Toronto imposes temporary moratorium on sports programs to protect staff

Health department confirms contractions are affecting employment practices at several facilities

The City of Toronto has suspended some recreational programs due to a shortage of staff, resulting in the potential for the absences of about 1,800 members of the public, the Health Department said on Friday.

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The health department confirmed that contractions were affecting employment practices at several facilities. It did not provide details on the types of services affected.

“The Toronto Public Health required the City to provide staff for the rollout of the city’s new operating model for recreation. Until staff are hired, some programs are temporarily suspended,” a city spokesman said in an email.

The statement said the City of Toronto was “working closely with regional and community partners to minimize the negative impacts on the community.”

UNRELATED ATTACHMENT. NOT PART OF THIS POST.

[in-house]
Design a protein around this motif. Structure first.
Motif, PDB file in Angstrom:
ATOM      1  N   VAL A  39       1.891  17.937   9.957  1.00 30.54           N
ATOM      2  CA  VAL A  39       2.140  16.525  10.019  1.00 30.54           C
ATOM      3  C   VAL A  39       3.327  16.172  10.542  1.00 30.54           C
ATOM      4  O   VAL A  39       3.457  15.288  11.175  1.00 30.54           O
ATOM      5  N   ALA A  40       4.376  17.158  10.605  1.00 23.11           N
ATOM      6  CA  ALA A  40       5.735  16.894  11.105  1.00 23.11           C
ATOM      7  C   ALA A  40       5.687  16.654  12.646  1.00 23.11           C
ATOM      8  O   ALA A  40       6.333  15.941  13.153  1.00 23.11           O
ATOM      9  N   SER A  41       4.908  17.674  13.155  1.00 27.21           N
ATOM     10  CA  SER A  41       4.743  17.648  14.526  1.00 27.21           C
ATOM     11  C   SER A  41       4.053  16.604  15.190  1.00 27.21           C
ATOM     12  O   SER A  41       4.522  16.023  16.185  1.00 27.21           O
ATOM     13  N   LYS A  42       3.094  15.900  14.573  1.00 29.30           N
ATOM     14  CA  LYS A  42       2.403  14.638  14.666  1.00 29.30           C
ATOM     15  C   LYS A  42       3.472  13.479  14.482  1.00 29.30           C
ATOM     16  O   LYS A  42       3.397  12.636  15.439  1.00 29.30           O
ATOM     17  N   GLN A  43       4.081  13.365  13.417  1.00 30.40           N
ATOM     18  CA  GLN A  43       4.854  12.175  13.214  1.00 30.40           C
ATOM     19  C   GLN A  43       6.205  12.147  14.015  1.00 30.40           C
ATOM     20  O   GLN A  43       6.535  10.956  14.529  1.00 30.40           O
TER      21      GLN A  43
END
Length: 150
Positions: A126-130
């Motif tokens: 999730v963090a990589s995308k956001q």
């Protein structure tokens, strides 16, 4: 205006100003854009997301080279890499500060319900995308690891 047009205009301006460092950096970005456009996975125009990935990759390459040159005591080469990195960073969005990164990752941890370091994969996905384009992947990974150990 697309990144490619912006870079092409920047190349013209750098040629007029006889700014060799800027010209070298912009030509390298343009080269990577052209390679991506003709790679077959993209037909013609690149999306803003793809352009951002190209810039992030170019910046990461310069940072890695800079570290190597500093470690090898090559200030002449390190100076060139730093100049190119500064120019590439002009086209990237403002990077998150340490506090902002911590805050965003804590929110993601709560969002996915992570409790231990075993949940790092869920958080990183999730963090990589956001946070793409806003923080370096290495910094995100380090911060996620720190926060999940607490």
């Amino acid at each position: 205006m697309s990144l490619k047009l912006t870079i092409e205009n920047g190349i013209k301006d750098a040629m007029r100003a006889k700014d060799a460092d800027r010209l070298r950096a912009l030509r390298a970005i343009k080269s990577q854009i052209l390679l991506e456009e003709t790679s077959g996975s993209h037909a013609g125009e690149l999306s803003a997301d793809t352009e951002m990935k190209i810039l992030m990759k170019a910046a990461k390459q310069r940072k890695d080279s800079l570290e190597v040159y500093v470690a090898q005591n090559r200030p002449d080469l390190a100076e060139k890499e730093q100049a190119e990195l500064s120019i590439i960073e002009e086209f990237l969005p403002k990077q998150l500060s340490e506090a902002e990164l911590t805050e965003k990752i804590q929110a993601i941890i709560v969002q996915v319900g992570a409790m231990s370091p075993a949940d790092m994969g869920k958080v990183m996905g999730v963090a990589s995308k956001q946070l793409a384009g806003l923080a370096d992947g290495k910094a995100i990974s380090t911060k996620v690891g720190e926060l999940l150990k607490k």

On Friday, Toronto city council voted unanimously in favour of the new operating model.

Teachers, police officers and other public employees in most cities in Ontario had been forced to take mandatory one-day unpaid furloughs as of 1 October to offset the funding loss due to the legalization of recreational cannabis, which took effect on 1 October.

Thousands of high school students in Ontario and British Columbia have been experiencing backlogs for health exams, delaying their tests, which are required for graduation.

Under Ontario’s new system, school boards can contract out for an extra 90 days of support, such as clerical workers and senior education staff, or to bring in more teachers. The province announced several months ago that schools would be closed on Fridays as a result of the extended period of help.

More than 850,000 Grade 12 students throughout Ontario, about half of the province’s total, were affected by the bill.

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